Let’s only look at the late-cycle cases, in which unemployment was under 6%.

Once again, forward returns are not consistently bearish.


VIX has reversed downwards very sharply as the stock market rallied.

Here’s what happened next to the S&P when VIX fell more than -40% over the past 10 days.
*Data from 1990 – present

This is pretty bullish for the stock market, especially 6 months later. HOWEVER, you can see that all the historical cases occurred from 2009 – present, in the context of a bull market. So take this bullish sign with caution.
Macro Context and what VIX did next
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*This is for members-only
Let’s only look at the late-cycle cases, in which unemployment was under 6%.

This is not consistently bullish for stocks on any time frame.
Here’s what VIX did next.



I already mentioned the problem with breadth indicators yesterday:

There is reason to suspect that breadth extremes are not as useful as they used to be. As ETFs gain popularity, it will become easier and easier for the market to register breadth extremes. So when a breadth extreme occurred at the end of bear market in the past, it might occur in the middle of a bear market today.

Regardless, breadth indicators are one tool in a technical trader’s arsenal.
Here’s a 10 day moving average of the # of S&P 500 stocks that are advancing. Notice how it plunged as the stock market crashed in December 2018, and is now soaring as the stock market is rallying.

Here’s what happened next to the S&P when the 10 day moving average reversed from under 150 to above 320 within 4 weeks (i.e. a short amount of time).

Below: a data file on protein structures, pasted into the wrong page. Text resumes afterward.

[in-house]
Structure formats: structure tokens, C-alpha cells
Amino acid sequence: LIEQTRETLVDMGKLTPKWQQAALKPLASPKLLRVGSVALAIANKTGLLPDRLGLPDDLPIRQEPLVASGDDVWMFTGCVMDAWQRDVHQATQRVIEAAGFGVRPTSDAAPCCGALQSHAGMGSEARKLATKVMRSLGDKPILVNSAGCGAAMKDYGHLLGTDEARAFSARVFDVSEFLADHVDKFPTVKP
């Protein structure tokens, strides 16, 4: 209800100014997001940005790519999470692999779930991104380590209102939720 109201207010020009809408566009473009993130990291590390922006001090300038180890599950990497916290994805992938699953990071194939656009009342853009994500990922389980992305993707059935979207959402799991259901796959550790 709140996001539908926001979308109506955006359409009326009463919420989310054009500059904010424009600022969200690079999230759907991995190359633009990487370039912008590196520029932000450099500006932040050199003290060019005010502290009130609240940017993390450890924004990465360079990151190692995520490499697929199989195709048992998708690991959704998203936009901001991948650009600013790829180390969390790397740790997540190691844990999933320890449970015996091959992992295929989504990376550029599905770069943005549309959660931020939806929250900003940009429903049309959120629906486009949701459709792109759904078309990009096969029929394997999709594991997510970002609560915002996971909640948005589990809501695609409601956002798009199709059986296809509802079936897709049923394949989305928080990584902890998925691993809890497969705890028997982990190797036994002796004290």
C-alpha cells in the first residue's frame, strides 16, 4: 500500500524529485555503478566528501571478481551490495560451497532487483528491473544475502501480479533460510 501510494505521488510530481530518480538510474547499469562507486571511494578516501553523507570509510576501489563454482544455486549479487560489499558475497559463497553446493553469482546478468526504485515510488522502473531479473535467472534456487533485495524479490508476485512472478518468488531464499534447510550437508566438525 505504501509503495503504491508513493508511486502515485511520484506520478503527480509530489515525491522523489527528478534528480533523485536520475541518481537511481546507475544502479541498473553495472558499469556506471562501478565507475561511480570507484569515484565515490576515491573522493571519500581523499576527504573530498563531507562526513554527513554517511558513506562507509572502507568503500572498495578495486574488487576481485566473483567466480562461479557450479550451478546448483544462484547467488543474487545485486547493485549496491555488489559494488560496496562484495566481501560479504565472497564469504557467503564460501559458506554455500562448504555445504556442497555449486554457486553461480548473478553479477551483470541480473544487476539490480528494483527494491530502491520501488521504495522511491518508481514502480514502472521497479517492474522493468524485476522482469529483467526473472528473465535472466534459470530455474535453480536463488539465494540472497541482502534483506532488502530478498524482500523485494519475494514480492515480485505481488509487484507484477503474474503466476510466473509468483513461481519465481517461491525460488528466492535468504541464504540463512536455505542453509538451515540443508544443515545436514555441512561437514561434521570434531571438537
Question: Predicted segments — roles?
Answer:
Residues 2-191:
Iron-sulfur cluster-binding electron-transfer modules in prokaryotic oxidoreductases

*Data from 1998 – present

This study leands bullish for stocks.
Macro Context and what VIX did next
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*This is for members-only
Let’s only look at the late-cycle cases, in which unemployment was under 6%.

The only similar case was August 2002. But at that time, the S&P had already fallen -50%. Clearly much different from today.
Click here for yesterday’s market study


Here is our discretionary market outlook:

  1. The U.S. stock market’s long term risk:reward is no longer bullish. This doesn’t necessarily mean that the bull market is over. We’re merely talking about long term risk:reward. Long term risk:reward is more important than trying to predict exact tops and bottoms.
  2. The medium term direction is still bullish  (i.e. trend for the next 6 months). However, if this is the start of a bear market, bear market rallies typically last 3 months. They are shorter in duration.
  3. The stock market’s short term has a slight bearish lean. Focus on the medium-long term because the short term is extremely hard to predict.

Goldman Sachs’ Bull/Bear Indicator demonstrates that while the bull market’s top isn’t necessarily in, risk:reward does favor long term bears.

Our discretionary outlook is not a reflection of how we’re trading the markets right now. We trade based on our quantitative trading models.
Members can see exactly how we’re trading the U.S. stock market right now based on our trading models.
Click here for more market studies